The Role of Vitamin D in Chronic Urticaria and Angioedema Treatment
This clinical study was designed based on our hypothesis that vitamin D plays an important role in chronic urticaria and that high dose supplementation with vitamin D in subjects with chronic urticaria will improve clinical response.
This clinical study will investigate our hypothesis in three Specific Aims:
- Determine whether high dosing vitamin D supplementation (4000 IU/day) reduces medication usage (primary outcome) and urticaria severity score (secondary outcome) in subjects with chronic urticaria as compared to low dosing (600 IU/day).
- Determine if high dosing of vitamin D (4000 IU/day) is safe and well-tolerated in subjects with chronic urticaria with or without baseline vitamin D deficiency.
- Investigate whether there is an association with serum 25-hydroxyvitamin D levels, vitamin D receptor mRNA expression, and chronic urticaria severity.
|Study Design:||Allocation: Randomized
Endpoint Classification: Safety/Efficacy Study
Intervention Model: Parallel Assignment
Masking: Double Blind (Subject, Investigator)
Primary Purpose: Treatment
|Official Title:||The Role of Vitamin D in Chronic Urticaria and Angioedema Treatment|
- Reduction in medication usage [ Time Frame: 12 week intervention ] [ Designated as safety issue: No ]The Unit of Measure is Efficacy. The primary outcome of this study is to determine if vitamin D supplementation reduces the medication usage in subjects with CUA. Thus, for the outcome of reduction in pills, at 12 weeks, subjects whose pill usage decreases by 2 or more pills per day will be classified as improved. Subjects whose pill consumption did not change or increased will be classified as unchanged.
- Change in Urticaria Severity Score [ Time Frame: 3 month intervention ] [ Designated as safety issue: No ]The Unit of Measure is Efficacy. The secondary outcome of this study is to determine if high dose vitamin D supplementation improves the urticaria severity score (USS). The change in USS will be compared between the groups using the independent sample t-test (assuming the distribution is normal). Logistic regression and multiple linear regression will be used to adjust for possible confounders.
- Number of Participants with Adverse Events [ Time Frame: 3 month study trial ] [ Designated as safety issue: Yes ]Unit of Measure is Safety and Tolerability. The number of participants with adverse events will be compared between the groups using the independent sample t-test (assuming the distribution is normal).
|Study Start Date:||November 2011|
|Study Completion Date:||September 2013|
|Primary Completion Date:||September 2013 (Final data collection date for primary outcome measure)|
Experimental: High Dose Vitamin D
Subjects will be randomized 1:1 to high dose vitamin D defined as 4000 IU per day for 3 months.
Drug: Vitamin D
Vitamin D 4000 IU per day for 3 months
Active Comparator: Low Dose Vitamin D
Subjects will be randomized 1:1 to low dose vitamin D as defined as 600 IU per day for 3 months.
Drug: Vitamin D
Vitamin D 600 IU per day
The purpose of this pilot, 12 week, clinical research study is to determine if supplementation with Vitamin D will improve the clinical outcome in subjects with chronic urticaria and angioedema (CUA). Vitamin D is a key element in the regulation of immune system responses, and vitamin D could play an important role in the treatment of CUA. Recently, we published that there is an important association with CUA and serum 25-hydroxy vitamin D (25OHD). Namely, vitamin D levels in subjects with CUA were significantly lower as compared to subjects with an alternative allergic disorder, allergic rhinitis. There is now one other observational report that supplementation with vitamin D (50,000/wk) in subjects CUA resulted in clinical improvement; however, there was only one treatment arm and optimal serum 25OHD required to obtain benefit was not investigated.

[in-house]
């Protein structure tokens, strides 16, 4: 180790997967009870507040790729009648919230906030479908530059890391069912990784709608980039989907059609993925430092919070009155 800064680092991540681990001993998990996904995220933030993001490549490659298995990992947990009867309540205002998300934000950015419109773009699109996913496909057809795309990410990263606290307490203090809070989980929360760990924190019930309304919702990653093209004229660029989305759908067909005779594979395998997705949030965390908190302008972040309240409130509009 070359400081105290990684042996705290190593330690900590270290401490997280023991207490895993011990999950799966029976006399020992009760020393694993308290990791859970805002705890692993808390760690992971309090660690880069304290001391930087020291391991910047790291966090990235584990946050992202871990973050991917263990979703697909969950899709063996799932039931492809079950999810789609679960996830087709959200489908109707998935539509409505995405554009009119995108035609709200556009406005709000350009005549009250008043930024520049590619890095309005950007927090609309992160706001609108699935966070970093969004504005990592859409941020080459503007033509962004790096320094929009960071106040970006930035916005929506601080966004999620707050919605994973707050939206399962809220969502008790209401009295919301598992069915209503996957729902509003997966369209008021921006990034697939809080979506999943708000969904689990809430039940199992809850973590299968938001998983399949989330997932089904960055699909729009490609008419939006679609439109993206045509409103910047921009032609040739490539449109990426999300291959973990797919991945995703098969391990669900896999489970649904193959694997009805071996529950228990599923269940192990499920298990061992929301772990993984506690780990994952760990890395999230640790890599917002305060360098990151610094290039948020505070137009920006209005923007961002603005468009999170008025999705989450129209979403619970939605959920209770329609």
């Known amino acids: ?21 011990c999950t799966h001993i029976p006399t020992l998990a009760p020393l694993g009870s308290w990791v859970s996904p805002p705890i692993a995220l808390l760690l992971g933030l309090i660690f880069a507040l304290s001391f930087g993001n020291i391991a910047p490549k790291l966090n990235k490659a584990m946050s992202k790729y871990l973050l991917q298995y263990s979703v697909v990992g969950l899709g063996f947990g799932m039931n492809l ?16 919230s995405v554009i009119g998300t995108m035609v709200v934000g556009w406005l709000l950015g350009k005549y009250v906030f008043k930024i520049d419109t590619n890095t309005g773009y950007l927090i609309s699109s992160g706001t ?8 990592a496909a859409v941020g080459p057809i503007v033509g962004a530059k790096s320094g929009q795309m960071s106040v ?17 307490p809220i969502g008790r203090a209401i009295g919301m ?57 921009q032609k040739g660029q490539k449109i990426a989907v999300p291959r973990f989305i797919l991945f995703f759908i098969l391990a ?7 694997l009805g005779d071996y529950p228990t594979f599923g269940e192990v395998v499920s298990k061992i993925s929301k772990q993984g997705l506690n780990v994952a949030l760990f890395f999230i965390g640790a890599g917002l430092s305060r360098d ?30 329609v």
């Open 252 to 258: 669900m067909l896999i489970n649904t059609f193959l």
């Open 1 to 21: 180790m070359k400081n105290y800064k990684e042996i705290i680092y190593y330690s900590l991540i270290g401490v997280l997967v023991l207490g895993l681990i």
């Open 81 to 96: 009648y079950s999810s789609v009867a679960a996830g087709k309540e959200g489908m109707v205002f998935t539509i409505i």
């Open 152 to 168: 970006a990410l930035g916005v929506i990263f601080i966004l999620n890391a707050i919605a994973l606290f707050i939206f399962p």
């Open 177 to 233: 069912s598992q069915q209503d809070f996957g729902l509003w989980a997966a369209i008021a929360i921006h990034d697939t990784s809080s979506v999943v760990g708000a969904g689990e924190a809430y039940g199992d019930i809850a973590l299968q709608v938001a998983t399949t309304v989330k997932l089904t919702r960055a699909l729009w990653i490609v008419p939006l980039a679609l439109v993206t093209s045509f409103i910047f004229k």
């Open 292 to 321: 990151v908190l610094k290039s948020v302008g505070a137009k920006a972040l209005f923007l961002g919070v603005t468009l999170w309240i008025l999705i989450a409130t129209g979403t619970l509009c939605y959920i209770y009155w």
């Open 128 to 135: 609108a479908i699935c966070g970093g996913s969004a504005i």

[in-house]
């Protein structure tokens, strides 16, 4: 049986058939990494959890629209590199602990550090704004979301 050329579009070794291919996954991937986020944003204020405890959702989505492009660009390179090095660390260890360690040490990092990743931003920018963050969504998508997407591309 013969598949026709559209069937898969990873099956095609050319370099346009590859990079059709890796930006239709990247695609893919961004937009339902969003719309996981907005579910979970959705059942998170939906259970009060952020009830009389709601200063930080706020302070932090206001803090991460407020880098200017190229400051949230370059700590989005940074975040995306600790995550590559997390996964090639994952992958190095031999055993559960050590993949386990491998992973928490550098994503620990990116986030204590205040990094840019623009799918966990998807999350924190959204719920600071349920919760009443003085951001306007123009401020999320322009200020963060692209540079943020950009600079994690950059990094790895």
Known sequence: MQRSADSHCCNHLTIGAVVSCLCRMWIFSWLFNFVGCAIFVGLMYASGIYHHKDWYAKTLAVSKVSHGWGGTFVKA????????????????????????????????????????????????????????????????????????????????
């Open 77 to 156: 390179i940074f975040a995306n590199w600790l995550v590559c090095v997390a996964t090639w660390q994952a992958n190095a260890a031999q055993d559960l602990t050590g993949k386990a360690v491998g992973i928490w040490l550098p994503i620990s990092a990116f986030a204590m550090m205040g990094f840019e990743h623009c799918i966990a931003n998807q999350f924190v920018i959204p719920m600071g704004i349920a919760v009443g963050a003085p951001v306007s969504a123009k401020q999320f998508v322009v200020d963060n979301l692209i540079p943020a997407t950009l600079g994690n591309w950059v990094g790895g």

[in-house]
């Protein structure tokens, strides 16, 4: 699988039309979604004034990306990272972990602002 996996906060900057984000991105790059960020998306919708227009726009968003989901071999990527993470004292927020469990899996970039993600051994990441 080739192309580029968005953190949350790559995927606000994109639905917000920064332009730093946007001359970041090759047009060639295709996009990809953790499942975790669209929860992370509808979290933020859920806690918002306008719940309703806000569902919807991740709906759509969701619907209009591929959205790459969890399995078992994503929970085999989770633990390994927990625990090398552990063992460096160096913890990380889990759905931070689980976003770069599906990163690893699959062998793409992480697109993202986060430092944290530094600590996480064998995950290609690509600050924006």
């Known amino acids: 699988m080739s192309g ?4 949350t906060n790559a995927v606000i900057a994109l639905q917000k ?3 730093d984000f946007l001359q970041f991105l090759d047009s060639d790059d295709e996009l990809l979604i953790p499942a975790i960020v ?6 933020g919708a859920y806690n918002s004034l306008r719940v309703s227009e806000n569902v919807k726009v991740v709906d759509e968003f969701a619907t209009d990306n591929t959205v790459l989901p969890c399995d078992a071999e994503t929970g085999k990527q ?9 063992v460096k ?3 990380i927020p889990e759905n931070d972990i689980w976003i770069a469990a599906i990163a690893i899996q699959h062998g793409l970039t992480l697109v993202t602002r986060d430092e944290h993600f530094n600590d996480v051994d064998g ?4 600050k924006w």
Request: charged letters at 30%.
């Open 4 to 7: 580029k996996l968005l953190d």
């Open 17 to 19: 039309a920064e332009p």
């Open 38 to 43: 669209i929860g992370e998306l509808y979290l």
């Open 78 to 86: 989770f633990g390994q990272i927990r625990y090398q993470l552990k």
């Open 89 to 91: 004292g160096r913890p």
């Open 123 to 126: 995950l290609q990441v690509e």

This current study is a double-blinded, prospective, interventional study that seeks to recruit adult subjects with physician-diagnosed CUA and randomize subjects to either the recommended dietary allowance (Vitamin D 600 IU/day) or the recommended upper limit of intake (Vitamin D 4000 IU/day). Subjects will answer a questionnaire to collect information regarding demographics, previous diagnostic tests, medications, and complete an urticaria severity score (USS). Information from the medical record: weight, height, body mass index (BMI), thyroid stimulating hormone (TSH), free thyroxine (T4), thyroid autoantibodies, urticaria autoimmune testing (CD203c results), anti-nuclear antibody (ANA), urinalysis, and allergy skin prick testing, which are part of the CUA evaluation will be obtained. Subjects will have research blood draws for serum 25OHD level, iPTH, calcium, phosphorus, albumin, urine calcium, and vitamin D receptor (VDR) gene expression. All subjects will receive standard-of-care therapy according to the 2009 Third International Consensus Meeting on Urticaria position guidelines. Follow-up visits for medication usage, urticaria severity score, and serum and urine safety monitoring will be at 6 and 12 weeks.
The hypothesis of this study is that high dosing of vitamin D will result in clinical improvement in subjects with CUA. The primary clinical endpoint is medication usage, and the secondary outcomes are urticaria severity score and prednisone rescue use. We will explore if threshold serum 25OHD levels correlate and VDR expression correlate to clinical outcomes, and to determine power analysis to conduct a larger scale study. Finally, the study aims to determine if vitamin D supplementation is safe and well-tolerated in subjects with CUA.
|United States, Nebraska|
|University of Nebraska Medical Center|
|Omaha, Nebraska, United States, 68198-5300|
|University of Nebraska Medical Center|
|Omaha, Nebraska, United States, 68198|
|Principal Investigator:||Jill A Poole, MD||University of Nebraska|